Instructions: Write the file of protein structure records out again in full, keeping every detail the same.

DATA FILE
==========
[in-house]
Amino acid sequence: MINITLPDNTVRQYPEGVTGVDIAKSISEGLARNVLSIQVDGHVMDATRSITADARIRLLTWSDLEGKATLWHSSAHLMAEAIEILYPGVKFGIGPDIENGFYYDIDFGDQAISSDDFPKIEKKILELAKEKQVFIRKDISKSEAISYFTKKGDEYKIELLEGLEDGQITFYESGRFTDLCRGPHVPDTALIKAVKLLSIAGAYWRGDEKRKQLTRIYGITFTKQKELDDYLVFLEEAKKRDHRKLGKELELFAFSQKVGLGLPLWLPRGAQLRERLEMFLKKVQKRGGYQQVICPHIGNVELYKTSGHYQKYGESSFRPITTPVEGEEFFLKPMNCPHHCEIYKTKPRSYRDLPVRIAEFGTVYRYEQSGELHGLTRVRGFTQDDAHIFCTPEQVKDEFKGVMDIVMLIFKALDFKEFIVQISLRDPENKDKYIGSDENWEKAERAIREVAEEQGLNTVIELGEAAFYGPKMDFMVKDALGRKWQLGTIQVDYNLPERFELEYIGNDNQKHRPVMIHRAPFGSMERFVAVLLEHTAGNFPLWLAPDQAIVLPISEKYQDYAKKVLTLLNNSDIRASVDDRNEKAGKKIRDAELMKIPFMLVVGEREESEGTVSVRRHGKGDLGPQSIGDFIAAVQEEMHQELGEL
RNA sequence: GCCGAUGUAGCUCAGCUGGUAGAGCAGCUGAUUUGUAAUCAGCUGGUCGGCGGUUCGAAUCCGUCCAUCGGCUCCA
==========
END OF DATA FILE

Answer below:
[in-house]
Amino acid sequence: MINITLPDNTVRQYPEGVTGVDIAKSISEGLARNVLSIQVDGHVMDATRSITADARIRLLTWSDLEGKATLWHSSAHLMAEAIEILYPGVKFGIGPDIENGFYYDIDFGDQAISSDDFPKIEKKILELAKEKQVFIRKDISKSEAISYFTKKGDEYKIELLEGLEDGQITFYESGRFTDLCRGPHVPDTALIKAVKLLSIAGAYWRGDEKRKQLTRIYGITFTKQKELDDYLVFLEEAKKRDHRKLGKELELFAFSQKVGLGLPLWLPRGAQLRERLEMFLKKVQKRGGYQQVICPHIGNVELYKTSGHYQKYGESSFRPITTPVEGEEFFLKPMNCPHHCEIYKTKPRSYRDLPVRIAEFGTVYRYEQSGELHGLTRVRGFTQDDAHIFCTPEQVKDEFKGVMDIVMLIFKALDFKEFIVQISLRDPENKDKYIGSDENWEKAERAIREVAEEQGLNTVIELGEAAFYGPKMDFMVKDALGRKWQLGTIQVDYNLPERFELEYIGNDNQKHRPVMIHRAPFGSMERFVAVLLEHTAGNFPLWLAPDQAIVLPISEKYQDYAKKVLTLLNNSDIRASVDDRNEKAGKKIRDAELMKIPFMLVVGEREESEGTVSVRRHGKGDLGPQSIGDFIAAVQEEMHQELGEL
RNA sequence: GCCGAUGUAGCUCAGCUGGUAGAGCAGCUGAUUUGUAAUCAGCUGGUCGGCGGUUCGAAUCCGUCCAUCGGCUCCA